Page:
Emergent Treatment of Alcoholic Ketoacidosis: Overview, Prehospital Care, Emergency Department Care

Medications such as naltrexone can reduce cravings and reduce alcohol consumption. Talk to your doctor if you or someone you know is struggling with alcohol. He is actively involved in in using translational simulation to improve patient care and the design of processes and systems at Alfred Health. He coordinates the Alfred ICU’s education and simulation programmes and runs the unit’s education website, INTENSIVE. He created the ‘Critically Ill Airway’ course and teaches on numerous courses around the world.

How Can Alcoholic Ketoacidosis Be Prevented?

alcoholic ketoacidosis treatment at home

Alcoholic ketoacidosis most commonly happens in people who have alcohol use disorder and chronically drink a lot of alcohol. But it can happen after an episode of binge drinking in people who do not chronically abuse alcohol. Alcoholic ketoacidosis doesn’t occur more often in any particular race or sex. Lactic alcoholic ketoacidosis acidosis is a health condition characterized by elevated lactate levels in the body. These high lactate levels may result from increased cell production, decreased clearance (mainly within the liver), or some combination. Alcoholic ketoacidosis is usually triggered by an episode of heavy drinking.

Type B Lactic Acidosis

  • These agents are rarely used for the management of severe metabolic acidosis.
  • People who consume a lot of alcohol during one occasion often vomit repeatedly and stop eating.
  • Group meetings provide support for people trying to quit drinking.
  • The prevailing myth in society is that “problem drinkers” have a moral weakness.

If you have concerns about developing lactic acidosis, speak with a healthcare provider. Early attention and treatment are key to managing this complex condition. People most at risk for metformin-induced lactic acidosis are those with underlying kidney disease and other conditions that make them vulnerable to hypoperfusion (e.g., sepsis). Septic shock is one of the most common causes of type A lactic acidosis.

Differential Diagnosis

  • An elevated lactate is between 2 and 5 mmol/L, whereas a severely elevated lactate level is greater than 5 mmol/L.
  • Support groups can be a valuable source of support and can be combined with medication and therapy.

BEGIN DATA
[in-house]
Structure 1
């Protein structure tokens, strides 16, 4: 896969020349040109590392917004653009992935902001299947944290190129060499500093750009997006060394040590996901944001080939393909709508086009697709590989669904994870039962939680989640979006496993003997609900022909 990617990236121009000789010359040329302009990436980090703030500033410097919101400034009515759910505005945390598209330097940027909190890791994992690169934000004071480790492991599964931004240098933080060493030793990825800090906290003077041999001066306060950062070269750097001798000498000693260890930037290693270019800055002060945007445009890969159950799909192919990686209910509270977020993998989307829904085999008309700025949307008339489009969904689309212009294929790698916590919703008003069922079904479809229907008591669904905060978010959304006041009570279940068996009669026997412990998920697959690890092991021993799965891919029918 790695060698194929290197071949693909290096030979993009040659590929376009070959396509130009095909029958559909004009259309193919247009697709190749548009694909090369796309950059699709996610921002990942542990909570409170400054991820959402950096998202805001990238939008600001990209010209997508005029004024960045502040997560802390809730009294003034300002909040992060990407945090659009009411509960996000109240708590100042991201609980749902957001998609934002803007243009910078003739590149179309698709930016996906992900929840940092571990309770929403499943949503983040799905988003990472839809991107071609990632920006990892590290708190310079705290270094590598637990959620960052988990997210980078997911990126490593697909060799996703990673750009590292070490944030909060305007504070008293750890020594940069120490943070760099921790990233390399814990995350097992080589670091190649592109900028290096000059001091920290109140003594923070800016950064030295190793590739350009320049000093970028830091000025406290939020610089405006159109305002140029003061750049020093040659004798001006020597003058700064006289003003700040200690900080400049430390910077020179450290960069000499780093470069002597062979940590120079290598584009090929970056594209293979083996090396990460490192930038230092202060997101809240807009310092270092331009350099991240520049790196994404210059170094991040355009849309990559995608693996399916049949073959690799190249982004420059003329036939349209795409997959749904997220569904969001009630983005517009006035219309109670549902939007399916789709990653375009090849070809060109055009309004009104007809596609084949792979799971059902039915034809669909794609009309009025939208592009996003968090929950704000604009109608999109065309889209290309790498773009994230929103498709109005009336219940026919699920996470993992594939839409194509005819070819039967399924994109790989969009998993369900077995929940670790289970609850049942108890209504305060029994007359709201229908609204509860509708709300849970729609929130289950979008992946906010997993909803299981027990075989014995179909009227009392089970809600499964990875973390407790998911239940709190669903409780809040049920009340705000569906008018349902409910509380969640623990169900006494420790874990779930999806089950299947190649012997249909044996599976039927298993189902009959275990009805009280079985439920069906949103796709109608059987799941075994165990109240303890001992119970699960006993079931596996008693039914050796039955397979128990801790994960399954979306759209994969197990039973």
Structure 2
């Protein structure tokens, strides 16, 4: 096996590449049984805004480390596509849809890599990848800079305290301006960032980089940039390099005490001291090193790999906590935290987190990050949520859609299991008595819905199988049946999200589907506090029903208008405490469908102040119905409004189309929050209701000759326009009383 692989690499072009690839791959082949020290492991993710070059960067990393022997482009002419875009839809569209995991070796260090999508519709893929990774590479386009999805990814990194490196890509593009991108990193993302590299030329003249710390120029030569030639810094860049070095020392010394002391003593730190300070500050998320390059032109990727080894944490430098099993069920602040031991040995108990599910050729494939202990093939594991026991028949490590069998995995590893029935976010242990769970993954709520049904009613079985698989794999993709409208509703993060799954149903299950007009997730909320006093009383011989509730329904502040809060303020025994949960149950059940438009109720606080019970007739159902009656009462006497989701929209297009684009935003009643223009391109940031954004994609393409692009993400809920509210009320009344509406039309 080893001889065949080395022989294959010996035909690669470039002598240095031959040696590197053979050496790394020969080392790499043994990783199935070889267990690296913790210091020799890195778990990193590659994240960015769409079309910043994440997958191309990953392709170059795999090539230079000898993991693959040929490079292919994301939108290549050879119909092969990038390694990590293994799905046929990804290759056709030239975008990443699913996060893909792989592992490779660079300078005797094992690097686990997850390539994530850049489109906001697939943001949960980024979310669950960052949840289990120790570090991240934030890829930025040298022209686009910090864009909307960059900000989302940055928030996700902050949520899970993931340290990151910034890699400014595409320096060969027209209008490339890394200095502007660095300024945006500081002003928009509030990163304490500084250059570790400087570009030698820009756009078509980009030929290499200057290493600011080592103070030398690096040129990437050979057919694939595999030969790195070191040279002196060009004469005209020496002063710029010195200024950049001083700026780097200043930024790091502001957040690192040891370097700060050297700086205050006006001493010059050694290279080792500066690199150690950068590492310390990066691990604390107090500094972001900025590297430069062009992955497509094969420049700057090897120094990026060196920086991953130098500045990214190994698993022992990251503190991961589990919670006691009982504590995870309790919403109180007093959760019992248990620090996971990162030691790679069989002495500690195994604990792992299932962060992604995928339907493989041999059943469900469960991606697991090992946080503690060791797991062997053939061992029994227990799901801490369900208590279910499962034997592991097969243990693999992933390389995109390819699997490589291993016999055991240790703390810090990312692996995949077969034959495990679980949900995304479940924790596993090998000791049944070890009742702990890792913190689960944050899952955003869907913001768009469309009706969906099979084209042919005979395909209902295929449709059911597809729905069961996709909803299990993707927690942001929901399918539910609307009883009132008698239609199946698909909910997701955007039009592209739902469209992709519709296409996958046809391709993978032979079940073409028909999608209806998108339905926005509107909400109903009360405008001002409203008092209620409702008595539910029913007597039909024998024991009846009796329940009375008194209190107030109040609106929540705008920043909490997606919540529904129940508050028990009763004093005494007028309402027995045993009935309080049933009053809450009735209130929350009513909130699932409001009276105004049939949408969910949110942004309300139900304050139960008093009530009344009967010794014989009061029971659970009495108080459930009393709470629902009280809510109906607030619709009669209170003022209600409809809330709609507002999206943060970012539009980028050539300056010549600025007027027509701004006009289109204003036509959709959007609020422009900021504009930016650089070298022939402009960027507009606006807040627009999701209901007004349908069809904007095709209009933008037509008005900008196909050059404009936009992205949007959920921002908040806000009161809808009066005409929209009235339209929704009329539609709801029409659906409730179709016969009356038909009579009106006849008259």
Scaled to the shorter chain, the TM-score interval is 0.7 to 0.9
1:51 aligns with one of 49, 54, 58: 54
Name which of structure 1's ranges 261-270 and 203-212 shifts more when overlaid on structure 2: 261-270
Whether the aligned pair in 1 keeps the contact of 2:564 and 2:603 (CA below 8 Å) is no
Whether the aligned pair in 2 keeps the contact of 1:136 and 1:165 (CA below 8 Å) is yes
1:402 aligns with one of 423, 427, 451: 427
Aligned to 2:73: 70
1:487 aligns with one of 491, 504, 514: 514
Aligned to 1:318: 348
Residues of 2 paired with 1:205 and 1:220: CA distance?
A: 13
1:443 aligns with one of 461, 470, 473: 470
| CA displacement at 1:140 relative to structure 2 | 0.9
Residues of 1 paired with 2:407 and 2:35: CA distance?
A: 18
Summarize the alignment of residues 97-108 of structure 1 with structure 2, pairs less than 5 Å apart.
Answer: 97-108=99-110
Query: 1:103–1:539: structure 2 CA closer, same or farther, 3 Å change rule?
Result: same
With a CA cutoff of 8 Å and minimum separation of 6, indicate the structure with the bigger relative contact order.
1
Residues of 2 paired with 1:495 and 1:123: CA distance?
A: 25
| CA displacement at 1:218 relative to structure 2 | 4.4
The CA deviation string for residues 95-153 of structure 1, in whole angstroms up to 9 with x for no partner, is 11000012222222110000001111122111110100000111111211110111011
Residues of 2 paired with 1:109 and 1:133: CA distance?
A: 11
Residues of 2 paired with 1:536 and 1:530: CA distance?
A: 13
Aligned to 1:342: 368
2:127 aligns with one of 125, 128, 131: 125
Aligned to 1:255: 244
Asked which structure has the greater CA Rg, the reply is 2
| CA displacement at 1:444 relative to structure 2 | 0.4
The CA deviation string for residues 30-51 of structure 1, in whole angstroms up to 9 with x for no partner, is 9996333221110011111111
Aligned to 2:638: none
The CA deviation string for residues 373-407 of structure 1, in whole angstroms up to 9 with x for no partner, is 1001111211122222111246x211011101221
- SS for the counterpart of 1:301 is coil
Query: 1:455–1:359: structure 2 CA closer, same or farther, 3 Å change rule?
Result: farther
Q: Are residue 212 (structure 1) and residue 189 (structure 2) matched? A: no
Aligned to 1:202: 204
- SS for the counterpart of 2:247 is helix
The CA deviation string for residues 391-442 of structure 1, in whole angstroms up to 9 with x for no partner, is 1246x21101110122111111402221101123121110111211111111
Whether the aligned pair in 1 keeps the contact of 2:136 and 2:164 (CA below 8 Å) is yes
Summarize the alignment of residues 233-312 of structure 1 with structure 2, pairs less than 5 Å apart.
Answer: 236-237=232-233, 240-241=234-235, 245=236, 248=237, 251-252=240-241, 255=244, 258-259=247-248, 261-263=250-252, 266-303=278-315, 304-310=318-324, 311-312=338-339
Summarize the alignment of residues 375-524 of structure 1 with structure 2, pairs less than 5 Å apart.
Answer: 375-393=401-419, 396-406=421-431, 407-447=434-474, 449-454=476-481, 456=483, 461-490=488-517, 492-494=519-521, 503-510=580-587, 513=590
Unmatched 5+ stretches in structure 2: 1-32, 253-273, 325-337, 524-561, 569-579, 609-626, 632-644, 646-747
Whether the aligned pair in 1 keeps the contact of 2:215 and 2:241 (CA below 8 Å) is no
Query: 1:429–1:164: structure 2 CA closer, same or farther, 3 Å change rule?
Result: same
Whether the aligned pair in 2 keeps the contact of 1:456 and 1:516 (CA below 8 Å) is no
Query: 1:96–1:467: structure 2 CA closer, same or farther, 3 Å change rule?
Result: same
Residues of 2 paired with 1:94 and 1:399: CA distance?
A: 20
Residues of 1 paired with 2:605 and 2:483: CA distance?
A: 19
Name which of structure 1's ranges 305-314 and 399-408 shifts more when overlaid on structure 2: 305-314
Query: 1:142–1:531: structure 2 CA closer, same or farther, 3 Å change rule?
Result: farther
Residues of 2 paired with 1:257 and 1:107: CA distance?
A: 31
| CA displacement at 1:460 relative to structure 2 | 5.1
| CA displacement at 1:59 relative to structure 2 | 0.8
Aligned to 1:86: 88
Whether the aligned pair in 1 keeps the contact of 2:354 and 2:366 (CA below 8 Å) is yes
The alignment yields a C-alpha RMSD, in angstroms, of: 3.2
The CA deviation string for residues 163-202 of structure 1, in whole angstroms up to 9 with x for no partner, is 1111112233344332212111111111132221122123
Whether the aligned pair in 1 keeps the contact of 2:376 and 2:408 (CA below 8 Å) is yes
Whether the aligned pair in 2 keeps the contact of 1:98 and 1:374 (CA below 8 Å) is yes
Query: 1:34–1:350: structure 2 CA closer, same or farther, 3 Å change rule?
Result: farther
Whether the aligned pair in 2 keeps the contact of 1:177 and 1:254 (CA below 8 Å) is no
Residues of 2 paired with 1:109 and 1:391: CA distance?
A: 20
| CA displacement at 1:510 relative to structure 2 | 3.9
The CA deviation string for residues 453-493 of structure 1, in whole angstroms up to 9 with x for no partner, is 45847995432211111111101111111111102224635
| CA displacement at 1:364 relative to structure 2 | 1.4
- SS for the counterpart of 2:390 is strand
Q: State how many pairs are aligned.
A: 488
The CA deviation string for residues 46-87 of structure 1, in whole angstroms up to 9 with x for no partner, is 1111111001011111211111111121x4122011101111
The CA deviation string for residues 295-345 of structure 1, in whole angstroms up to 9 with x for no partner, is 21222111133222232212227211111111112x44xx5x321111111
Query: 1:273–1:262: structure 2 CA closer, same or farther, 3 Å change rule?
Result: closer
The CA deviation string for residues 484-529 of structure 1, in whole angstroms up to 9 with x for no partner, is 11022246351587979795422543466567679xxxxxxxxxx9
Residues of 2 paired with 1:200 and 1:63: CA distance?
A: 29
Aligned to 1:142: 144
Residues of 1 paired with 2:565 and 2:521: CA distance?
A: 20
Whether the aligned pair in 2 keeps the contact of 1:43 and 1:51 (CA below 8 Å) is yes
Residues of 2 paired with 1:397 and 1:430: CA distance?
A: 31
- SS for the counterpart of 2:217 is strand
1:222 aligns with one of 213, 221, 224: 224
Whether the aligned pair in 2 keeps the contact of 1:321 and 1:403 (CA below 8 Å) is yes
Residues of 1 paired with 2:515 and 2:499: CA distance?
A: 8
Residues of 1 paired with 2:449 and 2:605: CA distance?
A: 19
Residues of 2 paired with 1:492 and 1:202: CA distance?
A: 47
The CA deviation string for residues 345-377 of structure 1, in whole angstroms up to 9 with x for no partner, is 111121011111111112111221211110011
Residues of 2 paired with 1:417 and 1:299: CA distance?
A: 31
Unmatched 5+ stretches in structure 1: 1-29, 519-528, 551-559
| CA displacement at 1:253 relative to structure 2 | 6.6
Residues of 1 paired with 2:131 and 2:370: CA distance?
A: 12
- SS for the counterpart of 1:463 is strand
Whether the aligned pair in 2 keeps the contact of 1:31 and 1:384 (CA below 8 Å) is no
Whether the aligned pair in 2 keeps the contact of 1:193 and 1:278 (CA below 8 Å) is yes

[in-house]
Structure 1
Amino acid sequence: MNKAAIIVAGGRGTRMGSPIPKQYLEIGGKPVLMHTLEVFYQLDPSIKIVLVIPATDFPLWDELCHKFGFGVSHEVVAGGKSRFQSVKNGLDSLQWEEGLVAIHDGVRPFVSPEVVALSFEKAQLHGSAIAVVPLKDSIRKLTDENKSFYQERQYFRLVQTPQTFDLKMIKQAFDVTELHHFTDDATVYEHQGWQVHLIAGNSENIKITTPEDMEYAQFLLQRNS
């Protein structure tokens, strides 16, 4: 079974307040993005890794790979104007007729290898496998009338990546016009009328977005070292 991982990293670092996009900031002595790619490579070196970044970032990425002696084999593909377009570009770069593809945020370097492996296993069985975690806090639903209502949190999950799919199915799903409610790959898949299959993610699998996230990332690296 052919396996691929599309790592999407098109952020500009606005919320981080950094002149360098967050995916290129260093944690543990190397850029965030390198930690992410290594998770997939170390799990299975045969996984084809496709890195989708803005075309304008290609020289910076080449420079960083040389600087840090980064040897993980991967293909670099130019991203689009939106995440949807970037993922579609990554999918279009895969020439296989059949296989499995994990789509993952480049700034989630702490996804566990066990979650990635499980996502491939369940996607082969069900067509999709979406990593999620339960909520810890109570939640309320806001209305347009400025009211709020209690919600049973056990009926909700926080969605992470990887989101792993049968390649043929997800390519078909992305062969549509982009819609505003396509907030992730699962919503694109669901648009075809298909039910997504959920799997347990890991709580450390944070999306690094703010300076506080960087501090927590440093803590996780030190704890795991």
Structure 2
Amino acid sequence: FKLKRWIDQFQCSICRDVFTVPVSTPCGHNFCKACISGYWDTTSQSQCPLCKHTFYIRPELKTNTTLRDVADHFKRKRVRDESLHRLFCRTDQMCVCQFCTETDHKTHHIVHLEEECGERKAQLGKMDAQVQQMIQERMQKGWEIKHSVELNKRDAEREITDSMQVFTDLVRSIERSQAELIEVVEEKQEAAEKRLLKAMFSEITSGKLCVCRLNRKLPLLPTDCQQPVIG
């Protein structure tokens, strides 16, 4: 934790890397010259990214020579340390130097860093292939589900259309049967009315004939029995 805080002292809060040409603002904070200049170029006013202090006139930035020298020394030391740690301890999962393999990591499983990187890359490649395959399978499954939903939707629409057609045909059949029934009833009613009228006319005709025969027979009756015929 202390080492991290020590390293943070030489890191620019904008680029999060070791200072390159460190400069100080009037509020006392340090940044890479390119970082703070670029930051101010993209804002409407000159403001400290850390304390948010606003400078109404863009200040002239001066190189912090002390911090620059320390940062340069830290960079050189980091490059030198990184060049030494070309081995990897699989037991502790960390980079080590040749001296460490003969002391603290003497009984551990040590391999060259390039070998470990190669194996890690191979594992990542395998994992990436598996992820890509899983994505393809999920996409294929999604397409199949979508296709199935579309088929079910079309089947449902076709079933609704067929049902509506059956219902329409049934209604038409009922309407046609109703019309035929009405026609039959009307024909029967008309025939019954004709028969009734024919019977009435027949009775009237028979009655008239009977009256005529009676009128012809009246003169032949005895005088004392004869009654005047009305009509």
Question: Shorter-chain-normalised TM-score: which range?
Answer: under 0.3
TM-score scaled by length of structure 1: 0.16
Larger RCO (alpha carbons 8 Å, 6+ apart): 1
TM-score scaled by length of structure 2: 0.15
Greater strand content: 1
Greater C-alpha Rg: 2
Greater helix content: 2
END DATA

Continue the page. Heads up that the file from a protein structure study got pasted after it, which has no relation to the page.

• Limiting the amount of alcohol you drink will help prevent this condition.
  • Other symptoms may be present depending on the underlying cause and severity of the acidosis.
  • Assess the patient’s airway and manage as clinically indicated.
  • Alcoholic ketoacidosis is attributed to the combined effects of alcohol and starvation on glucose metabolism.
  • But it can happen after an episode of binge drinking in people who do not chronically abuse alcohol.

Stigma and lack of education remain major barriers to people getting the therapeutic attention they need and deserve. Types of shock include septic (widespread infection), hypovolemic (loss of blood/fluid), and cardiogenic (heart malfunctioning) shock. In addition, blood lactate levels should be tracked (if elevated) and used as a resource when choosing therapies to optimize chances for a full recovery.

When you drink alcohol, your pancreas may stop producing insulin for a short time. Without insulin, your cells won’t be able to use the glucose you consume for energy. To get the energy you need, your body will start to burn fat. Alcohol use, addiction and alcohol-related death are rising among women. The treatment of type B lactic acidosis is geared towards the specific cause. Sorting out the type and cause of lactic acidosis is key to guiding treatment.

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If the patient’s blood glucose level is significantly elevated, AKA may be indistinguishable from diabetic ketoacidosis (DKA). Alcoholic ketoacidosis is a metabolic complication of alcohol use and starvation characterized by hyperketonemia and anion gap metabolic acidosis without significant hyperglycemia. Alcoholic ketoacidosis causes nausea, vomiting, and abdominal pain. Diagnosis is by history and findings of ketoacidosis without hyperglycemia.

  • Not eating enough or vomiting can lead to periods of starvation.
  • Thiamine supplementation should also be given upon initiation of dextrose.
  • Vitamin supplements (e.g. thiamine, vitamins B12 and folate) can be helpful for those at high risk for developing alcohol-induced vitamin deficiencies.

Specifically look for nystagmus, confusion, ataxia, confabulation, and restriction of extraocular movements. Strongly consider providing thiamine supplementation to patients with alcohol dependence even without signs of thiamine deficiency. Prevention of AKA involves the treatment of chronic alcohol abuse. The remainder of the patient’s laboratory evaluation – including liver enzymes, amylase, and lipase – were within normal limits, and methanol, ethylene glycol, salicylate, and digoxin levels were negative. Of note in the table above, the patient’s INR was greater than 11, above the upper limit of the assay, and this was confirmed by repeating the test.

alcoholic ketoacidosis treatment at home

Keep in mind that temporary causes of type A lactic acidosis, namely overexercising, are usually treated at home with rest and fluids. In such cases, a person’s liver and (to a lesser degree) kidneys eventually clear the lactate from the bloodstream. Arrange follow-up to evaluate patients after the resolution of symptoms, in order to detect other complications of chronic alcohol abuse. The patient may benefit from an alcohol rehabilitation program.

History and Physical

Appropriately evaluate the patient for any life-threatening complications before a transfer is considered.

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